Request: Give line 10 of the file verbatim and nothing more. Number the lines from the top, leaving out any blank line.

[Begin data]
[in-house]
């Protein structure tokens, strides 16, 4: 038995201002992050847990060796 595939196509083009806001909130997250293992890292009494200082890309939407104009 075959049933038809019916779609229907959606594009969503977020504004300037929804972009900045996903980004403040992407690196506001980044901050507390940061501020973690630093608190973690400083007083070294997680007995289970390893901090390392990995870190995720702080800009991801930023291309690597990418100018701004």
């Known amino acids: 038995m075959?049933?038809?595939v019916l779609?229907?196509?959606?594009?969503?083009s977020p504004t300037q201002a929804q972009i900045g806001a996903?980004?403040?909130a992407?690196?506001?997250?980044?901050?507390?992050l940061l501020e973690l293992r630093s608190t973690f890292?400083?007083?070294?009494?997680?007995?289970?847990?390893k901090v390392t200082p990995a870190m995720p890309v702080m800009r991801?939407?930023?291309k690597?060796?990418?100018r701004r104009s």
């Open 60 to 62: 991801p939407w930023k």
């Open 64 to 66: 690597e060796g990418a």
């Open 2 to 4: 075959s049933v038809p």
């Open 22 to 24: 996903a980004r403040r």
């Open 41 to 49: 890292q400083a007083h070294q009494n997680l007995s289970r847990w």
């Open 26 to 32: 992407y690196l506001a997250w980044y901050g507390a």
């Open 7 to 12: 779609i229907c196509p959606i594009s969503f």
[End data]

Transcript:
């Open 7 to 12: 779609i229907c196509p959606i594009s969503f």